National Energy Guarantee Battle Heats Up

Josh Frydenberg and John Grimes

Images: Josh Frydenberg via Facebook and Smart Energy Council

In a fight between Energy Minister Josh Frydenberg and Smart Energy Council CEO John Grimes, who would win? 

As mentioned early last week, the most recent COAG Energy Council meeting saw a green light given by all the states and territories to the Energy Security Board moving ahead with the development of the detailed design of the National Energy Guarantee; with view to a final decision by the Council at its meeting in August. While giving the nod, Queensland, Victoria and the ACT expressed serious concerns about its design.

The Smart Energy Council (SEC) was also less than impressed with where the NEG is currently at and where it fears it is heading, believing it to be anti-renewables and worse than doing nothing.

It hastily arranged a webinar for last Monday that it called an “industry crisis briefing”, which the SEC says was tuned into by hundreds.

“Strong Action Needed”

Presenters participating in the webinar warned the NEG, without significant changes, will result in the loss of thousands of jobs and billions of dollars in investment in renewables. It will also see the huge pipeline of renewable energy projects between 2020 and 2030 lost and stymie states in taking their own action on climate change.

 “We urgently need to regain the initiative in this important policy debate,” said Smart Energy Council CEO John Grimes.

According to the Council, 96 per cent of webinar participants agreed, supporting strong action. A recording of the webinar event can be viewed here or a roundup of what was discussed here.

The Council is filling a war chest to finance a fight, one it has promised will be a ruthless campaign. It seeks an emissions reductions target of greater than 50 per cent by 2030 and enabling additionality for states with regard to their own renewables targets.

It will also call for support from the Queensland, Victorian and ACT governments to oppose the NEG at the August meeting if the Federal Government does not agree to the much stronger emissions targets.

The Frydenberg Strikes Back

News of the Smart Energy Council’s campaign and other recent criticisms of the NEG made its way back to Energy Minister Josh Frydenberg, who reportedly said some NEG opponents are more interested in rent-seeking than pursuing what’s good for Australia.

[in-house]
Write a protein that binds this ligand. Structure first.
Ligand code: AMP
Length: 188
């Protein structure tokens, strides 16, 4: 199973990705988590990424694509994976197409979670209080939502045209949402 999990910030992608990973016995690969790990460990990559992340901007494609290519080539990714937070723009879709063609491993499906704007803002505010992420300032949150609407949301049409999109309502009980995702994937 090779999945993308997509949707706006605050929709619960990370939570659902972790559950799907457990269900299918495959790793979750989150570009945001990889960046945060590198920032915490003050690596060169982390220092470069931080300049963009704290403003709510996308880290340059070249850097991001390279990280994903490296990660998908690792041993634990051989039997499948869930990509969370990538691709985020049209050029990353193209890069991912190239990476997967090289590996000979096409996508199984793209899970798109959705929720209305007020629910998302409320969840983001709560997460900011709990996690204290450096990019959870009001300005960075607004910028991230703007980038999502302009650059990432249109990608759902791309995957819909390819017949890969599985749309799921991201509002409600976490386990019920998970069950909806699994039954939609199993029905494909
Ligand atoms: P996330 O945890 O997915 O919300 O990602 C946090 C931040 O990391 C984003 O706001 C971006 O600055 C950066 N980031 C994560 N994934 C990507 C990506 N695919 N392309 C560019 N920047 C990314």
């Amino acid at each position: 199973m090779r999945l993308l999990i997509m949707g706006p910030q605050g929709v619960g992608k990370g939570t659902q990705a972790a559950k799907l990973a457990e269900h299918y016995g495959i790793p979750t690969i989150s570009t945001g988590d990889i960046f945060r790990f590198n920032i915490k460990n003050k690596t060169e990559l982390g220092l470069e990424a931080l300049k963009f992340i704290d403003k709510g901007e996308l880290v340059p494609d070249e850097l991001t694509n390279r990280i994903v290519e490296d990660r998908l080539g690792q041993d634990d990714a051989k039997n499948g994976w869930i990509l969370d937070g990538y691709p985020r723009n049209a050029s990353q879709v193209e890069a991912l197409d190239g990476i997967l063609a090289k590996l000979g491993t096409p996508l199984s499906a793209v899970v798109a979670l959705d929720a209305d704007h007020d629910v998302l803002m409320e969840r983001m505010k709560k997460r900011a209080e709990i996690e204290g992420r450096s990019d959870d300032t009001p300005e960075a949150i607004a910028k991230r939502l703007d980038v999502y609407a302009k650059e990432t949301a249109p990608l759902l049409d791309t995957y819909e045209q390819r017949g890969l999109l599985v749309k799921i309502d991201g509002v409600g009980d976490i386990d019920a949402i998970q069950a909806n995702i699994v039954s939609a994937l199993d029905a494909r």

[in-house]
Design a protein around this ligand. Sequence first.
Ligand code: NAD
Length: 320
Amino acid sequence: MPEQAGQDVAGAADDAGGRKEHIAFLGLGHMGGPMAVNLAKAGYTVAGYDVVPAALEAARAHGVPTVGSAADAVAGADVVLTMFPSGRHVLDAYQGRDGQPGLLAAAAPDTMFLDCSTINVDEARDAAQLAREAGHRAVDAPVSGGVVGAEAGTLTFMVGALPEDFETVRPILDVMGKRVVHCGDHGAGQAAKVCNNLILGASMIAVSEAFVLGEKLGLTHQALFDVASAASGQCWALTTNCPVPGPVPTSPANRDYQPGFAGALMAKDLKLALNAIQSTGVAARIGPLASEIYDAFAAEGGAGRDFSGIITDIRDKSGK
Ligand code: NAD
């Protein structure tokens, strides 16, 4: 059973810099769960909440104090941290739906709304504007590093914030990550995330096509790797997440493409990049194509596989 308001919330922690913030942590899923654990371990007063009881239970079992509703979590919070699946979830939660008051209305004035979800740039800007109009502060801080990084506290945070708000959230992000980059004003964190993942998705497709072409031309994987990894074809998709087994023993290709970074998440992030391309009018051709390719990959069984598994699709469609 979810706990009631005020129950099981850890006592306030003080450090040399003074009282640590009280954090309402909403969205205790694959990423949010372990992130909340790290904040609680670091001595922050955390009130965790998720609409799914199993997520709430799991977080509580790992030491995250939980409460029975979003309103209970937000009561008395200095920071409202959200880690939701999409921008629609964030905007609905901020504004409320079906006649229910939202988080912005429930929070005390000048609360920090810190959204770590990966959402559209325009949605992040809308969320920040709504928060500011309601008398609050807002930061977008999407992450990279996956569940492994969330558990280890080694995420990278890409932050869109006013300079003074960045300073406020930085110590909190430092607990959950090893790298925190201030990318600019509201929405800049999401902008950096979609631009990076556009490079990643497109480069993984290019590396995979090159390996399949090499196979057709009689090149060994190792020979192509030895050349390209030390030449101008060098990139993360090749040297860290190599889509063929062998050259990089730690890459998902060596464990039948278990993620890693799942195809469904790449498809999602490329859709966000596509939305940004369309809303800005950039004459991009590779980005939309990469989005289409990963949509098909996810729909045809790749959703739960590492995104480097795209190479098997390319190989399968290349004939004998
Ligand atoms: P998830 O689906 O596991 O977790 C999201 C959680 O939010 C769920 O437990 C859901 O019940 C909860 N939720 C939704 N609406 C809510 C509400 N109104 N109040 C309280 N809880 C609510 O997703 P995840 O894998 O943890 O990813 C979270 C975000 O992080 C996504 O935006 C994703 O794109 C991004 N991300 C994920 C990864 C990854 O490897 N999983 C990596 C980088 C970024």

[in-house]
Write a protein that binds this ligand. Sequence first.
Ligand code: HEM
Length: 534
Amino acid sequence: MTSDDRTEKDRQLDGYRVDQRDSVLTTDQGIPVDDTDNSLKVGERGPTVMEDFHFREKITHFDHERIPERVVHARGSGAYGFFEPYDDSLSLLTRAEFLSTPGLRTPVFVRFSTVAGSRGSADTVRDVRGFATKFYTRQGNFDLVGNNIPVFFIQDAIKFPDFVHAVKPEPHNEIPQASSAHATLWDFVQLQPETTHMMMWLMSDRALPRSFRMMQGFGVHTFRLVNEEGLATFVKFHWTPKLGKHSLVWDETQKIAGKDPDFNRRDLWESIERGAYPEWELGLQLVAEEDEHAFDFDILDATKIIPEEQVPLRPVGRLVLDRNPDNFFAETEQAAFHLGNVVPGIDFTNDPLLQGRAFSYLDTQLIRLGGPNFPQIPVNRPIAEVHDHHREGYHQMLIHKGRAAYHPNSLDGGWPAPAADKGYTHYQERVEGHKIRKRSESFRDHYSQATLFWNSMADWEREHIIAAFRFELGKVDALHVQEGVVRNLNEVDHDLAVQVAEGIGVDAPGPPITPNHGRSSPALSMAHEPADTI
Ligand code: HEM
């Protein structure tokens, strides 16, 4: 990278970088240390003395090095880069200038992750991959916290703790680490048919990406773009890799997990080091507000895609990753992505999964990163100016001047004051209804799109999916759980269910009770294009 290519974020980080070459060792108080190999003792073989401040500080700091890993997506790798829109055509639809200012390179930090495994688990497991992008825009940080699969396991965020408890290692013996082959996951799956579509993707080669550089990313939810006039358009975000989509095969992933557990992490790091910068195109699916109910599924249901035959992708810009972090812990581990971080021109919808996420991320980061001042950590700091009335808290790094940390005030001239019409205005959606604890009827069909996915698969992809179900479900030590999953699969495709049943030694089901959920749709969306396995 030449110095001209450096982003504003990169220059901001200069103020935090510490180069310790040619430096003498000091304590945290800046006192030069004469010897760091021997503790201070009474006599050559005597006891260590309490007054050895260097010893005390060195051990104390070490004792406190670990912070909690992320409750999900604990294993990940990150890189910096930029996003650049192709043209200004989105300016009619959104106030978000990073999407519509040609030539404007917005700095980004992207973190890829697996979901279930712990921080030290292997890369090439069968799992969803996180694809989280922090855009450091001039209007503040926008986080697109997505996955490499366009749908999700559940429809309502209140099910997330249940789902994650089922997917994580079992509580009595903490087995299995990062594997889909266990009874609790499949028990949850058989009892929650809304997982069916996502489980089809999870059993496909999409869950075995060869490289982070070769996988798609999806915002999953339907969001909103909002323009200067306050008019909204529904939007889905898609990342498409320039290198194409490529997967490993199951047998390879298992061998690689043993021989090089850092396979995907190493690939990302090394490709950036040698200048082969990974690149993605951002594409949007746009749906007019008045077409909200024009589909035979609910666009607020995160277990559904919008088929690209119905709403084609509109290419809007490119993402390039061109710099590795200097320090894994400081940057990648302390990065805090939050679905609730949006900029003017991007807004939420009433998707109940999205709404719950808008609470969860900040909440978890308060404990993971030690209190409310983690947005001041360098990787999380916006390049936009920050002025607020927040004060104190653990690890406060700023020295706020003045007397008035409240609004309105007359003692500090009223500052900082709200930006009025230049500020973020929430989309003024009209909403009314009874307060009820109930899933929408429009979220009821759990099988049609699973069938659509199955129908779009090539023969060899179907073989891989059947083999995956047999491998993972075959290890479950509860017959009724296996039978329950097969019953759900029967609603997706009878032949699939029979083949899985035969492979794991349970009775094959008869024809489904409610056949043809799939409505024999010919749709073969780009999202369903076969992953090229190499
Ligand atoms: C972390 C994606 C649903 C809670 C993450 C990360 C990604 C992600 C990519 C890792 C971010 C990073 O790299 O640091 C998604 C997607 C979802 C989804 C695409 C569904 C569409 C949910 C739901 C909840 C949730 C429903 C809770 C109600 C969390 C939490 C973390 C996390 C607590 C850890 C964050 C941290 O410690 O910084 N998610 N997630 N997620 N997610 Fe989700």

“The Minister called anyone who dared criticise the National Energy Guarantee ‘green left zealots’ and ‘ideologues’, and not working in the national interest,” said an emailed statement from the Smart Energy Council attributed to Mr. Grimes. “The Minister’s personal attack is a really positive sign. It means our campaign, only one week old, is biting hard.”

The Council says Minister Frydenberg’s focus on “nasty personal attacks” indicates he is afraid to have a proper policy debate and it will continue to ramp up pressure on the Government.

About Michael Bloch

Michael caught the solar power bug after purchasing components to cobble together a small off-grid PV system in 2008. He's been reporting on Australian and international solar energy news ever since.


  1. Patrick Comerford says

    I agree totally with the sentiments and comment made by the Smart Energy Council. It is obvious that the LNP states of NSW SA and Tasmania have been neutered and therefore will betray the best interests of there communities. But I sincerely hope that the Labor state governments who are walking a tightrope towards the August meeting do not drop the ball and agree to this pathetic attempt by Turnbull to destroy another essential future industry just like the NBN. All to save his own political skin and at the expense of an electricity grid that serves the needs of the community and not foreign large multinational companies.

  2. “The Council is filling a war chest to finance a fight, one it has promised will be a ruthless campaign. It seeks an emissions reductions target of greater than 50 per cent by 2030”

    That better not be taxpayers money filling their chest. The big boys (USA, China) aren’t worried about emissions of CO2, that era is over. Few people even talk about it any more, the dire predictions didn’t pan out and to the average person it just isn’t much of a concern compared to say the power prices.

    The only way forward is to axe all subsidies (and associated green tape) as they like the SEC have done their job but now are simply unaffordable; let the market settle. There will still be plenty of renewables and batteries will continue to improve etc. The sky will not fall over this issue.

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